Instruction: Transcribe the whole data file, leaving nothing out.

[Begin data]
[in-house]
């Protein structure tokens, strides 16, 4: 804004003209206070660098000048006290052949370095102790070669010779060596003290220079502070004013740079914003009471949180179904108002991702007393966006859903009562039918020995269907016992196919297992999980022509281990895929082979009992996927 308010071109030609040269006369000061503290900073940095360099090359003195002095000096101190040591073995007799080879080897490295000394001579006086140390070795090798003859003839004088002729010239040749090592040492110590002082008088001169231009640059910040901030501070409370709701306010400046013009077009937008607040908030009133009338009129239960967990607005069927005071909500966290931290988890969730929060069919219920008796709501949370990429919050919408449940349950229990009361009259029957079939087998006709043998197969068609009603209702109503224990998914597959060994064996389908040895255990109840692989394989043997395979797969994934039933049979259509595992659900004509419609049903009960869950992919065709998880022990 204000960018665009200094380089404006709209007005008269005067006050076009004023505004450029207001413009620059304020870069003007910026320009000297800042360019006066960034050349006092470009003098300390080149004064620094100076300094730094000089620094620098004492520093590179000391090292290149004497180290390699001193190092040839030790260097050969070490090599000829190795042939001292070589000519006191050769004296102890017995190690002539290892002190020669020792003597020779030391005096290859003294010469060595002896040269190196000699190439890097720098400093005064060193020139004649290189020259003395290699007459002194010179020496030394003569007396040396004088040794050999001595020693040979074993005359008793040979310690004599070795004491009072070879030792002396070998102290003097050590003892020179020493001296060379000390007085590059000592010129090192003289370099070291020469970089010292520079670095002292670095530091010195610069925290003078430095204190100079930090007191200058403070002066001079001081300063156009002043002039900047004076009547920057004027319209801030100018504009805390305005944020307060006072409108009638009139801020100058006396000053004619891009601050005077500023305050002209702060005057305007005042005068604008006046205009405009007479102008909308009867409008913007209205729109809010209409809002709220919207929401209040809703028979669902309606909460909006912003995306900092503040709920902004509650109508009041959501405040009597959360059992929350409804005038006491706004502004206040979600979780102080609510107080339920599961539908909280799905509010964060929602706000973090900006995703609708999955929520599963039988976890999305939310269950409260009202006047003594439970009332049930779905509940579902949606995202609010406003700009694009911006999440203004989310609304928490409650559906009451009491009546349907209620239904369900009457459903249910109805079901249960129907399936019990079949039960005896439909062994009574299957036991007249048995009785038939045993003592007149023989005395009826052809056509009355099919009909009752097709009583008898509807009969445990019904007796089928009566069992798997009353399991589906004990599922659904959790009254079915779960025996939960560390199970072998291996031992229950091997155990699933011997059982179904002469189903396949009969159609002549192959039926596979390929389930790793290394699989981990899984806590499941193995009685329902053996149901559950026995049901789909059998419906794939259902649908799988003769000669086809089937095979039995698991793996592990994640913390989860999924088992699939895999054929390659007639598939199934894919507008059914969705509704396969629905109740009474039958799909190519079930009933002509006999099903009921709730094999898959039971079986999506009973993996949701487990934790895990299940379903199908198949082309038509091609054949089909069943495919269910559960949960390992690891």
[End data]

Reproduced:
[in-house]
């Protein structure tokens, strides 16, 4: 804004003209206070660098000048006290052949370095102790070669010779060596003290220079502070004013740079914003009471949180179904108002991702007393966006859903009562039918020995269907016992196919297992999980022509281990895929082979009992996927 308010071109030609040269006369000061503290900073940095360099090359003195002095000096101190040591073995007799080879080897490295000394001579006086140390070795090798003859003839004088002729010239040749090592040492110590002082008088001169231009640059910040901030501070409370709701306010400046013009077009937008607040908030009133009338009129239960967990607005069927005071909500966290931290988890969730929060069919219920008796709501949370990429919050919408449940349950229990009361009259029957079939087998006709043998197969068609009603209702109503224990998914597959060994064996389908040895255990109840692989394989043997395979797969994934039933049979259509595992659900004509419609049903009960869950992919065709998880022990 204000960018665009200094380089404006709209007005008269005067006050076009004023505004450029207001413009620059304020870069003007910026320009000297800042360019006066960034050349006092470009003098300390080149004064620094100076300094730094000089620094620098004492520093590179000391090292290149004497180290390699001193190092040839030790260097050969070490090599000829190795042939001292070589000519006191050769004296102890017995190690002539290892002190020669020792003597020779030391005096290859003294010469060595002896040269190196000699190439890097720098400093005064060193020139004649290189020259003395290699007459002194010179020496030394003569007396040396004088040794050999001595020693040979074993005359008793040979310690004599070795004491009072070879030792002396070998102290003097050590003892020179020493001296060379000390007085590059000592010129090192003289370099070291020469970089010292520079670095002292670095530091010195610069925290003078430095204190100079930090007191200058403070002066001079001081300063156009002043002039900047004076009547920057004027319209801030100018504009805390305005944020307060006072409108009638009139801020100058006396000053004619891009601050005077500023305050002209702060005057305007005042005068604008006046205009405009007479102008909308009867409008913007209205729109809010209409809002709220919207929401209040809703028979669902309606909460909006912003995306900092503040709920902004509650109508009041959501405040009597959360059992929350409804005038006491706004502004206040979600979780102080609510107080339920599961539908909280799905509010964060929602706000973090900006995703609708999955929520599963039988976890999305939310269950409260009202006047003594439970009332049930779905509940579902949606995202609010406003700009694009911006999440203004989310609304928490409650559906009451009491009546349907209620239904369900009457459903249910109805079901249960129907399936019990079949039960005896439909062994009574299957036991007249048995009785038939045993003592007149023989005395009826052809056509009355099919009909009752097709009583008898509807009969445990019904007796089928009566069992798997009353399991589906004990599922659904959790009254079915779960025996939960560390199970072998291996031992229950091997155990699933011997059982179904002469189903396949009969159609002549192959039926596979390929389930790793290394699989981990899984806590499941193995009685329902053996149901559950026995049901789909059998419906794939259902649908799988003769000669086809089937095979039995698991793996592990994640913390989860999924088992699939895999054929390659007639598939199934894919507008059914969705509704396969629905109740009474039958799909190519079930009933002509006999099903009921709730094999898959039971079986999506009973993996949701487990934790895990299940379903199908198949082309038509091609054949089909069943495919269910559960949960390992690891």